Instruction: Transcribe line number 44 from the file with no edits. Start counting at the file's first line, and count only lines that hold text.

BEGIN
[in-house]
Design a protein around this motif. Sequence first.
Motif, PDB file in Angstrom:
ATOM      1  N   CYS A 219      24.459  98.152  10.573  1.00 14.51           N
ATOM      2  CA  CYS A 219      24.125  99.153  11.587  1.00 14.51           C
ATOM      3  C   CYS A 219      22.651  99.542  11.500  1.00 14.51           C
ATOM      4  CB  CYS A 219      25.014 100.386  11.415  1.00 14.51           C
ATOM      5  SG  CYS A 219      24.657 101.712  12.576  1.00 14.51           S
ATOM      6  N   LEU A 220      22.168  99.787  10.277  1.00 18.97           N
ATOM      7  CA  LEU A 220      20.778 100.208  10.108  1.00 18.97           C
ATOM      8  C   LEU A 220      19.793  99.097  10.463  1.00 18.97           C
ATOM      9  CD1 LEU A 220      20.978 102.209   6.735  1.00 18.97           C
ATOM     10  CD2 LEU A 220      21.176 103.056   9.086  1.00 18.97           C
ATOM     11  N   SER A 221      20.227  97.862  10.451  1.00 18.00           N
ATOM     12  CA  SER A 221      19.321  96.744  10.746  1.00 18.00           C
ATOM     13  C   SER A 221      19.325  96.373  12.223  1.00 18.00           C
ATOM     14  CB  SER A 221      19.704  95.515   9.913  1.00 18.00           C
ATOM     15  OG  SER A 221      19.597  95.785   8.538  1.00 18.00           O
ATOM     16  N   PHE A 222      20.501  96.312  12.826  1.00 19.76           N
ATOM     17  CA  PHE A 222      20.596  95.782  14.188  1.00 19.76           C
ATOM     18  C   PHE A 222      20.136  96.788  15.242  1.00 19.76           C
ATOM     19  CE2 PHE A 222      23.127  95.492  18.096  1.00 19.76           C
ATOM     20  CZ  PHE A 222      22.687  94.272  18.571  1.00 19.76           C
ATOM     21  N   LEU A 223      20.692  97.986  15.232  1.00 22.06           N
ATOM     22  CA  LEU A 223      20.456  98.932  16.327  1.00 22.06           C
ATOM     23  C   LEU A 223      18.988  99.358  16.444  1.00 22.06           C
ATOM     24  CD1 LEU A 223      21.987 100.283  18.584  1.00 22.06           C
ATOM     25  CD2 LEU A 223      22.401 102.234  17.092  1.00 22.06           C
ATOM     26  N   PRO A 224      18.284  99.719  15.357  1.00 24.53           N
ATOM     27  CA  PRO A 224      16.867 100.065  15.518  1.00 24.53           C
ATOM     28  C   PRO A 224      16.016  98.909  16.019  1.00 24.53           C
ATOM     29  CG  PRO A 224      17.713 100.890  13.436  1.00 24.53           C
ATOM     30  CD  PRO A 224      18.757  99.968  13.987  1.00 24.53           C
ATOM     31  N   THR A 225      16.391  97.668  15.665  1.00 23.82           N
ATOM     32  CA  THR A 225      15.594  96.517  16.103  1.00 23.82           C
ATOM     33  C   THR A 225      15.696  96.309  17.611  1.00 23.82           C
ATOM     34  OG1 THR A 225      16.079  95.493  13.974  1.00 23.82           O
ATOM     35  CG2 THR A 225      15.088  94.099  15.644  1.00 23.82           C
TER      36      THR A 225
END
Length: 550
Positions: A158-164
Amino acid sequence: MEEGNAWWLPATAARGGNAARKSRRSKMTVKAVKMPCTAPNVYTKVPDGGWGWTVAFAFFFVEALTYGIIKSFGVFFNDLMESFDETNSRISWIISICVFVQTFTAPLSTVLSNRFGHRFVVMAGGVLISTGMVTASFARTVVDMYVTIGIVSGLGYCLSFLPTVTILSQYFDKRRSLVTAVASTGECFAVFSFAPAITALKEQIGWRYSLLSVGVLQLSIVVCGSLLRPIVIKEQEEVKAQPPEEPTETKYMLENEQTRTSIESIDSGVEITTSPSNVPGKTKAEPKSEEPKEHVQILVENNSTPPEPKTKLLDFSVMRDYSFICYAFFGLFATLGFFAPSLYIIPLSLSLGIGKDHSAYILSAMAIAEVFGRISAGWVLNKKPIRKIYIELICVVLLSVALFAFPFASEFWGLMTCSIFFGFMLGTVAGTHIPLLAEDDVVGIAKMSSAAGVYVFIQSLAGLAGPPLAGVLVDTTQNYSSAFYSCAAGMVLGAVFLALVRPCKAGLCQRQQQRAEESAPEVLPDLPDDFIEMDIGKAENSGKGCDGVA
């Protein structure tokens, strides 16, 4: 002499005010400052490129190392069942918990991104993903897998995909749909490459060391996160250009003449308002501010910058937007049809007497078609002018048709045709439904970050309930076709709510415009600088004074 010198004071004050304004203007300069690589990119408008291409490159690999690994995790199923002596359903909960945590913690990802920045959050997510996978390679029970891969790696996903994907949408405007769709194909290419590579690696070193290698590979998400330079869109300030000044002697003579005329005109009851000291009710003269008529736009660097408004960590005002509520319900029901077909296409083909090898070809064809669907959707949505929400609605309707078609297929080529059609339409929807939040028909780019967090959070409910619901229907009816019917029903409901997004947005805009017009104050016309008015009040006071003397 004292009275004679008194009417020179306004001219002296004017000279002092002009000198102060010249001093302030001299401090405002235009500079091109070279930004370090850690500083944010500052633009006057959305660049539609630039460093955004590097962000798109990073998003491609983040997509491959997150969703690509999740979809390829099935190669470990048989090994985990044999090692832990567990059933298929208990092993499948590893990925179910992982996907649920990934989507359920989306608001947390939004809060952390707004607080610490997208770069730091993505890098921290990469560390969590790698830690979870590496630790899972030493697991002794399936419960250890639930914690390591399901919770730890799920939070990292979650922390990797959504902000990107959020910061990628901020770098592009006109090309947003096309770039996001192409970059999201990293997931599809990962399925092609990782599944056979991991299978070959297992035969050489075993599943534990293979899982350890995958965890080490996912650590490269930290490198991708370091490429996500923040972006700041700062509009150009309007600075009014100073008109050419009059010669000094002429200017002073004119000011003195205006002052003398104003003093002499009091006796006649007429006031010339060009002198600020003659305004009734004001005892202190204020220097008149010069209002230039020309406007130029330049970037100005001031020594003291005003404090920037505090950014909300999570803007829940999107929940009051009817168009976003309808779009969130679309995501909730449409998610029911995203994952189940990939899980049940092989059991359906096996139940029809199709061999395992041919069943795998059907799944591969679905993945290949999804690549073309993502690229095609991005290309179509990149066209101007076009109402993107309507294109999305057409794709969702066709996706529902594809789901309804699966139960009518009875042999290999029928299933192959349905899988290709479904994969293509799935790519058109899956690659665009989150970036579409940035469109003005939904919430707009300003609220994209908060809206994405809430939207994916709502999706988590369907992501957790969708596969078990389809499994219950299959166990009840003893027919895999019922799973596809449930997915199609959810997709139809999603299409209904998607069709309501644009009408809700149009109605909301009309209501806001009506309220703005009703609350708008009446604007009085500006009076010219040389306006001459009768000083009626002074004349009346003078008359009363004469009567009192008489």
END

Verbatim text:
């Protein structure tokens, strides 16, 4: 002499005010400052490129190392069942918990991104993903897998995909749909490459060391996160250009003449308002501010910058937007049809007497078609002018048709045709439904970050309930076709709510415009600088004074 010198004071004050304004203007300069690589990119408008291409490159690999690994995790199923002596359903909960945590913690990802920045959050997510996978390679029970891969790696996903994907949408405007769709194909290419590579690696070193290698590979998400330079869109300030000044002697003579005329005109009851000291009710003269008529736009660097408004960590005002509520319900029901077909296409083909090898070809064809669907959707949505929400609605309707078609297929080529059609339409929807939040028909780019967090959070409910619901229907009816019917029903409901997004947005805009017009104050016309008015009040006071003397 004292009275004679008194009417020179306004001219002296004017000279002092002009000198102060010249001093302030001299401090405002235009500079091109070279930004370090850690500083944010500052633009006057959305660049539609630039460093955004590097962000798109990073998003491609983040997509491959997150969703690509999740979809390829099935190669470990048989090994985990044999090692832990567990059933298929208990092993499948590893990925179910992982996907649920990934989507359920989306608001947390939004809060952390707004607080610490997208770069730091993505890098921290990469560390969590790698830690979870590496630790899972030493697991002794399936419960250890639930914690390591399901919770730890799920939070990292979650922390990797959504902000990107959020910061990628901020770098592009006109090309947003096309770039996001192409970059999201990293997931599809990962399925092609990782599944056979991991299978070959297992035969050489075993599943534990293979899982350890995958965890080490996912650590490269930290490198991708370091490429996500923040972006700041700062509009150009309007600075009014100073008109050419009059010669000094002429200017002073004119000011003195205006002052003398104003003093002499009091006796006649007429006031010339060009002198600020003659305004009734004001005892202190204020220097008149010069209002230039020309406007130029330049970037100005001031020594003291005003404090920037505090950014909300999570803007829940999107929940009051009817168009976003309808779009969130679309995501909730449409998610029911995203994952189940990939899980049940092989059991359906096996139940029809199709061999395992041919069943795998059907799944591969679905993945290949999804690549073309993502690229095609991005290309179509990149066209101007076009109402993107309507294109999305057409794709969702066709996706529902594809789901309804699966139960009518009875042999290999029928299933192959349905899988290709479904994969293509799935790519058109899956690659665009989150970036579409940035469109003005939904919430707009300003609220994209908060809206994405809430939207994916709502999706988590369907992501957790969708596969078990389809499994219950299959166990009840003893027919895999019922799973596809449930997915199609959810997709139809999603299409209904998607069709309501644009009408809700149009109605909301009309209501806001009506309220703005009703609350708008009446604007009085500006009076010219040389306006001459009768000083009626002074004349009346003078008359009363004469009567009192008489």